December 2014

Thomas Piketty’s recent book has noted large increases in wealth and the wealth/income ratio.

But there has not been the associated decline in interest rates or increases in wages that one might have expected. Indeed, in some countries, like the US, there has been wage stagnation. If we take “wealth” to be capital, it leads to a seeming paradox, a strong contradiction to the neoclassical model.

At the same time, he suggests that high levels of inequality are a natural aspect of capitalism – with the short period of the few decades before 1980 representing an exception.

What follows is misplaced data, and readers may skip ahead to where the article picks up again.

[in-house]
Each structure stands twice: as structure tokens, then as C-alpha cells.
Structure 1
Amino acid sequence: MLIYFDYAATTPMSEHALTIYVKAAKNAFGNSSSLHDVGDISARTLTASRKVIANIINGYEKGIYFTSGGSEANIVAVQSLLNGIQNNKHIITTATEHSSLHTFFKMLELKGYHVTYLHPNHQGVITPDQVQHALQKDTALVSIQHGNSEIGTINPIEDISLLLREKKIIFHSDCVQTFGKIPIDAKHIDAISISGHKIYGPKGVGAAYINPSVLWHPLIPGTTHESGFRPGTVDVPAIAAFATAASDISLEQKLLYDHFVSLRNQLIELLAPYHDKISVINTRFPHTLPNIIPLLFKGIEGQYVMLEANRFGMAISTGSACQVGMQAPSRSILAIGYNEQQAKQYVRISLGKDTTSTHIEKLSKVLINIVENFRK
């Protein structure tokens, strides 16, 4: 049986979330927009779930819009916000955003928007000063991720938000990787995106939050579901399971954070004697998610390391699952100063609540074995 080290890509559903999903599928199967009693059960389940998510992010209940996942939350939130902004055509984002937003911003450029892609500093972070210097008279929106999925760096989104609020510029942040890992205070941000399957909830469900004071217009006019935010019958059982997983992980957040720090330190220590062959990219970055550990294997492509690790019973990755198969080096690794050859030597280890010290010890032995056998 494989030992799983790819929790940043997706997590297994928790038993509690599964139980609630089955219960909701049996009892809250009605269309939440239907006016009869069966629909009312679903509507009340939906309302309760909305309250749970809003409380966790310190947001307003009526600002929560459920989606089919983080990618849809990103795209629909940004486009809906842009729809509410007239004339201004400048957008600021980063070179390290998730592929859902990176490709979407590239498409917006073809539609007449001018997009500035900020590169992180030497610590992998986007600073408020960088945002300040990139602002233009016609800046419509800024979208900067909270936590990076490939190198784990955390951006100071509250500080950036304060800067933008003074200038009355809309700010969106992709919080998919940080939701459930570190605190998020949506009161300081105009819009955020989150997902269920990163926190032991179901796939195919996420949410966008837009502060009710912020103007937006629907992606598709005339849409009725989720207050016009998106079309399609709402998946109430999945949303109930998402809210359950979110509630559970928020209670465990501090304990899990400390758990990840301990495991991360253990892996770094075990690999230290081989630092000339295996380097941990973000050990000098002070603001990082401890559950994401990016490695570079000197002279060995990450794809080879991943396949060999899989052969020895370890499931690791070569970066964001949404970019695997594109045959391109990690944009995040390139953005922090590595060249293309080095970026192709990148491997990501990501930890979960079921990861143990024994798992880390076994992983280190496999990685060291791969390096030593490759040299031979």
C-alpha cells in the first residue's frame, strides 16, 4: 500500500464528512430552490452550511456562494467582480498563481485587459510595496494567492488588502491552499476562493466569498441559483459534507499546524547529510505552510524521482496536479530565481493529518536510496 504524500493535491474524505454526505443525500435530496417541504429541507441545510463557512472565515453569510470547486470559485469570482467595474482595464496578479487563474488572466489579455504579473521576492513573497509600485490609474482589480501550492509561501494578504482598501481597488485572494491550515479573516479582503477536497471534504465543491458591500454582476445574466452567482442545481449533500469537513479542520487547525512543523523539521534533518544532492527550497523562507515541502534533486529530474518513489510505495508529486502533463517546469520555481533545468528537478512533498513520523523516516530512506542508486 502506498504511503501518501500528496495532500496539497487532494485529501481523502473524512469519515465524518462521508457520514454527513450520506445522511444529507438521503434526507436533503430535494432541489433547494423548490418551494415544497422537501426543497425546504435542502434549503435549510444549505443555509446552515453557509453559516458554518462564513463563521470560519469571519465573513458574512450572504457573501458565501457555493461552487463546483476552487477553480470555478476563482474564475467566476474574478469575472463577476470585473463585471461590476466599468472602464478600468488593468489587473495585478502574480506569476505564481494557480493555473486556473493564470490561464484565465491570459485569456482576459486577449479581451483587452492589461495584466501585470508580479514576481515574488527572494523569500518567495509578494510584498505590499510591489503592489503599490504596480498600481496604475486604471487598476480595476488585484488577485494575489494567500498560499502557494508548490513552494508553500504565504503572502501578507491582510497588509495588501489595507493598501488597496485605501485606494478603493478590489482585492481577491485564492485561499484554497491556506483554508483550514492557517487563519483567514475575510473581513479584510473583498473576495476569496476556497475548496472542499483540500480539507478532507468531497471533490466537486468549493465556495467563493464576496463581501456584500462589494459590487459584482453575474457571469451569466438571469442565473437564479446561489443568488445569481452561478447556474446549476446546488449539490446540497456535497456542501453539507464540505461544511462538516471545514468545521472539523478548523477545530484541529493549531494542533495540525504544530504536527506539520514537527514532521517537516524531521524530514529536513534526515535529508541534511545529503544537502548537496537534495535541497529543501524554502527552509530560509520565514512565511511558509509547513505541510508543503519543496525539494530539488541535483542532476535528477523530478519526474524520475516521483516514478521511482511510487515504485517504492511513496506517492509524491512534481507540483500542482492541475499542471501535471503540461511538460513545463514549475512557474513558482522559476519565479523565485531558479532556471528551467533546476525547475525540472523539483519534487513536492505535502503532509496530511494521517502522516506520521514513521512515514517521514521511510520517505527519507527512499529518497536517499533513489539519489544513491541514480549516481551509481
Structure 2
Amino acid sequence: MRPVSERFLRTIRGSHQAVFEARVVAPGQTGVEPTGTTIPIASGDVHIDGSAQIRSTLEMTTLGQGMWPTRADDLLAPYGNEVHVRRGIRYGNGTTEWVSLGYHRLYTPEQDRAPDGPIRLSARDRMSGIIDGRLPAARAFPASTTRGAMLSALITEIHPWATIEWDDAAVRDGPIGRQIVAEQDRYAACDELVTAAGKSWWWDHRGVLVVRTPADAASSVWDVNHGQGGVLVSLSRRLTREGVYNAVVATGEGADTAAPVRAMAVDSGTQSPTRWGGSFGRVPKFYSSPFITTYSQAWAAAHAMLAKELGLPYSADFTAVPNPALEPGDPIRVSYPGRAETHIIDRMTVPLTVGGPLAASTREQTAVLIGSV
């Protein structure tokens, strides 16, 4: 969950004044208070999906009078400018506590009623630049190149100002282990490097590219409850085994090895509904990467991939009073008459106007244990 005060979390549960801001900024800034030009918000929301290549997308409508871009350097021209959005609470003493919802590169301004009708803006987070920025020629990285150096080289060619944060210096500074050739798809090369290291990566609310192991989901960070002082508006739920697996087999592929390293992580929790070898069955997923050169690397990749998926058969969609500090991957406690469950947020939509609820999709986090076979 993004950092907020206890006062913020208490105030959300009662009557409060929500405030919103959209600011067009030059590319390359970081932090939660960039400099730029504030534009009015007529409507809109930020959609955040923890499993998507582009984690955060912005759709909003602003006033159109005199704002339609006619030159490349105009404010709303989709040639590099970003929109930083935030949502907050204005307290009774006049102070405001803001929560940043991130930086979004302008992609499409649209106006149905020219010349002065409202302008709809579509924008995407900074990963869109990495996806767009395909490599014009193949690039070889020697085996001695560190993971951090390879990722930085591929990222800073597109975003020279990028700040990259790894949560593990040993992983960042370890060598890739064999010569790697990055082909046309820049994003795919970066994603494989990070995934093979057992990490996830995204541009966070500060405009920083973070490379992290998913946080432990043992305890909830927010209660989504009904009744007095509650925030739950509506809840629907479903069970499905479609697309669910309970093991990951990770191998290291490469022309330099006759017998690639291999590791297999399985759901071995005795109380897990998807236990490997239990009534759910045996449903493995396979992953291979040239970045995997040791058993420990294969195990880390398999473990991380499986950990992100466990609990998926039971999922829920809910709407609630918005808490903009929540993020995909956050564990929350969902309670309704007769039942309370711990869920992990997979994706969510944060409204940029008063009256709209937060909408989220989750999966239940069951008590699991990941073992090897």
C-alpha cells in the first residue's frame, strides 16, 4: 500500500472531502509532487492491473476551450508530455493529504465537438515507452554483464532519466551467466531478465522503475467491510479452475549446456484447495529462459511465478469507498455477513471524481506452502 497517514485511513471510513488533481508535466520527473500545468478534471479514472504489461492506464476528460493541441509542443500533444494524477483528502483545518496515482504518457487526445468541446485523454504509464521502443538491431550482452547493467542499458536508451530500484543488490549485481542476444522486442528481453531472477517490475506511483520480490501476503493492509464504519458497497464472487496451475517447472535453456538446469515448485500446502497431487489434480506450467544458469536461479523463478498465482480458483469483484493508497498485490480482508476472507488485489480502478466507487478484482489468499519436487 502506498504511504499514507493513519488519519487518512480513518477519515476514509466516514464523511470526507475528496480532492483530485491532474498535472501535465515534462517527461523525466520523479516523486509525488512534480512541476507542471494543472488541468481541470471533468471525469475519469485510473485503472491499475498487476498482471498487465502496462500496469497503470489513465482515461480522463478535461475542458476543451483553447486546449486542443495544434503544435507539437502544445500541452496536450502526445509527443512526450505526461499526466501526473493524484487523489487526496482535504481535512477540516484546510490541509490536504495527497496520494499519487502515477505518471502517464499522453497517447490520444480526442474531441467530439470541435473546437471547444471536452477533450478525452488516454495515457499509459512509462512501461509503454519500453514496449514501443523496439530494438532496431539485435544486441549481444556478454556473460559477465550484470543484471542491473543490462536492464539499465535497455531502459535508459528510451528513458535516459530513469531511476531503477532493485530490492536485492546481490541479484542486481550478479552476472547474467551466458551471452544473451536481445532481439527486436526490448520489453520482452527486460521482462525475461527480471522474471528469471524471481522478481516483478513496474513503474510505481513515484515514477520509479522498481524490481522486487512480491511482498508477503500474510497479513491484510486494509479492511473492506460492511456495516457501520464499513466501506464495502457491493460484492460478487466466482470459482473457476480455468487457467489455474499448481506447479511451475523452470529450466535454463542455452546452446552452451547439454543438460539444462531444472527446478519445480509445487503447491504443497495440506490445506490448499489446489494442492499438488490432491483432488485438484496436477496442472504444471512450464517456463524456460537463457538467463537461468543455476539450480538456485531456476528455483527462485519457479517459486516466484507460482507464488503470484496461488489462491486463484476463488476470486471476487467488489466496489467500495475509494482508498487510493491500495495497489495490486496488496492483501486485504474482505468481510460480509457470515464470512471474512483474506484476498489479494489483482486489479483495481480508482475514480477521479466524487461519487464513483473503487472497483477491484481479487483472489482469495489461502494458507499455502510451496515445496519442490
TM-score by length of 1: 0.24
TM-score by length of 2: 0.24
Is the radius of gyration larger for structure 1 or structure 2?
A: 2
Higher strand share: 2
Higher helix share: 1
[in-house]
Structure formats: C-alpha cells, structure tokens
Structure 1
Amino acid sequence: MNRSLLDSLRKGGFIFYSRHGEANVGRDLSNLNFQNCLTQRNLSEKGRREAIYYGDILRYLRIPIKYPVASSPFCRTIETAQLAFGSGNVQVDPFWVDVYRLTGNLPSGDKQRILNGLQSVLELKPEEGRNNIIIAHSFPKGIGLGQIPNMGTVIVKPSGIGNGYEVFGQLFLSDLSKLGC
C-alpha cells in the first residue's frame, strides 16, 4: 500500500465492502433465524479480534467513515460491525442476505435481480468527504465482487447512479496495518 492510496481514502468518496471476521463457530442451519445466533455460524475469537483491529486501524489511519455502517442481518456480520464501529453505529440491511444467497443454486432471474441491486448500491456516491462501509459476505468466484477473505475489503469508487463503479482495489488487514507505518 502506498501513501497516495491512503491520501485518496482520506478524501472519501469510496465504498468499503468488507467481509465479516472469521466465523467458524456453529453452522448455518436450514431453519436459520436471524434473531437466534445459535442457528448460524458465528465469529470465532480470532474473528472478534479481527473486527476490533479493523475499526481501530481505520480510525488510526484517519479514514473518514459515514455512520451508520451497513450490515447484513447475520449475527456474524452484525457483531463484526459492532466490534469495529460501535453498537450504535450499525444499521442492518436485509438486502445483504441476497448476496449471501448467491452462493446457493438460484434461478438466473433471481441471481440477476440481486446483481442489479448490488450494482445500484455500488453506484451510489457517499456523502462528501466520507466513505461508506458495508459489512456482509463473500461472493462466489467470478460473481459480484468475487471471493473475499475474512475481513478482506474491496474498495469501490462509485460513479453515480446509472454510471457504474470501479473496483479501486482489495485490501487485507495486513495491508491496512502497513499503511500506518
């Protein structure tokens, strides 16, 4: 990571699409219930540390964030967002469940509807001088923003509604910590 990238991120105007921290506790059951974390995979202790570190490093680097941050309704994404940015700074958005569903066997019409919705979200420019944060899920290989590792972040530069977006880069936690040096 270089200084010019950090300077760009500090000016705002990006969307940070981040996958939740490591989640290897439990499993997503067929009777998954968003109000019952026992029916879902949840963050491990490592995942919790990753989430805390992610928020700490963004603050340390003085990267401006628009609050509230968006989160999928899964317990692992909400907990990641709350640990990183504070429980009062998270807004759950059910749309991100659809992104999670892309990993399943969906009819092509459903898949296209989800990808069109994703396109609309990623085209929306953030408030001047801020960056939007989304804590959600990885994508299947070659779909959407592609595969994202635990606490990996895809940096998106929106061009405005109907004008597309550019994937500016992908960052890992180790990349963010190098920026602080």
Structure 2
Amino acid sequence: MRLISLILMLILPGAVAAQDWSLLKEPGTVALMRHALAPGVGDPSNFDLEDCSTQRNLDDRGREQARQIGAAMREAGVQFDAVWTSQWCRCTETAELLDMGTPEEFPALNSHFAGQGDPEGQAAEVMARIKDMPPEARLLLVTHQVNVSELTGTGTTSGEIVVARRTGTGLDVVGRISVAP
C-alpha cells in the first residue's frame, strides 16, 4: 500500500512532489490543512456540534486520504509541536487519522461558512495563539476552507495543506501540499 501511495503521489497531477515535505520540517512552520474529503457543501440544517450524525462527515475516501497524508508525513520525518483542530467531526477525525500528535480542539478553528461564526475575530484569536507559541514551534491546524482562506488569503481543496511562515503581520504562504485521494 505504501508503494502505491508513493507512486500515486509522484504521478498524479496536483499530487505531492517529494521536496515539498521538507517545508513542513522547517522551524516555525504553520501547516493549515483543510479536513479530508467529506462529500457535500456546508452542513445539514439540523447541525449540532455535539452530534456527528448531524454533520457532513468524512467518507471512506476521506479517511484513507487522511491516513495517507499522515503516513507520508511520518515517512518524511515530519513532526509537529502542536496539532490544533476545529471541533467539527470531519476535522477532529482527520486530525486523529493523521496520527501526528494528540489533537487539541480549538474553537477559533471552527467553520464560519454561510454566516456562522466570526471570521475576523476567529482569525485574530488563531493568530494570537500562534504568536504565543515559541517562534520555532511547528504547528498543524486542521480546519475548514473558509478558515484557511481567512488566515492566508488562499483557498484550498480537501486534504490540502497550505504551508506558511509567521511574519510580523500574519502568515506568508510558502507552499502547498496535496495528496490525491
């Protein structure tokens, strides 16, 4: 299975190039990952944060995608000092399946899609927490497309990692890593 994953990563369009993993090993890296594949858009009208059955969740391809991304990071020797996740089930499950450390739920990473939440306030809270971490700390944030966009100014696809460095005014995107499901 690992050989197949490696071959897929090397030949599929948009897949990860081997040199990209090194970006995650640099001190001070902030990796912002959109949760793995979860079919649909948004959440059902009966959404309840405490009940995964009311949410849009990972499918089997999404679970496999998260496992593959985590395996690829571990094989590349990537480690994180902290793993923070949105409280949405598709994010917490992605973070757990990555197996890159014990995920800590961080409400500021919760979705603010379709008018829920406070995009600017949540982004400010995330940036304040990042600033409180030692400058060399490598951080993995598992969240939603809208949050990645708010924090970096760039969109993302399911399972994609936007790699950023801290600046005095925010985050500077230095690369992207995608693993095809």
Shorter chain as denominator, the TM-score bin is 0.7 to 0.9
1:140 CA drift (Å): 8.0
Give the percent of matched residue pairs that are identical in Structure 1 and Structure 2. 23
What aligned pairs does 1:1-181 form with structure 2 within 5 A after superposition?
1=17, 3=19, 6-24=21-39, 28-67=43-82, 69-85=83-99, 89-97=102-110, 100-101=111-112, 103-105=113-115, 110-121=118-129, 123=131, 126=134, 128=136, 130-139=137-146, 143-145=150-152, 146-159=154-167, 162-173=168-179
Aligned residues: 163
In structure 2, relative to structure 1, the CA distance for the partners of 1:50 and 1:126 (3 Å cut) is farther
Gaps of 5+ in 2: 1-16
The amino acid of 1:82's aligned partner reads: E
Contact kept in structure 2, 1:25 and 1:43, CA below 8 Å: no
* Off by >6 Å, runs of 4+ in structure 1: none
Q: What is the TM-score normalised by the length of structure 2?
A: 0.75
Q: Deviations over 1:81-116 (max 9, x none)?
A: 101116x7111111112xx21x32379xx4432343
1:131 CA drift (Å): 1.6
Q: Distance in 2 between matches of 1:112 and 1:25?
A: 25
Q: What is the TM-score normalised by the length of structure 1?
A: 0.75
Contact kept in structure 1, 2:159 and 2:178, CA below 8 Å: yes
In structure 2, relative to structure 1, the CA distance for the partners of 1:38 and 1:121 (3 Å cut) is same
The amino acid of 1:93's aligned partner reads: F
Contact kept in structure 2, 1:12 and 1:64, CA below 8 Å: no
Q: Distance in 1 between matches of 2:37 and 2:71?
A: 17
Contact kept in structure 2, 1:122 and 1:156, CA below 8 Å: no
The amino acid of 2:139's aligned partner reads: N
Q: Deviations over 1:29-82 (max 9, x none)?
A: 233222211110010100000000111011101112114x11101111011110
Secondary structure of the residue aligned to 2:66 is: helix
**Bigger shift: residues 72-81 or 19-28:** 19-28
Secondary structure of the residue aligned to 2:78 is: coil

This lecture will resolve the seeming paradox, describe the centrifugal and centripetal forces that lead to increased and diminished inequality, show how the balance between these forces has been disturbed since 1980 to lead to a higher equilibrium level of inequality, and explain, however, that this level of inequality is not just the result of market forces, but of policies and politics, some of which have impeded the way that a well-functioning competitive market would have behaved.

The final piece of the analysis links this growing inequality to our financial system and the credit-creation process.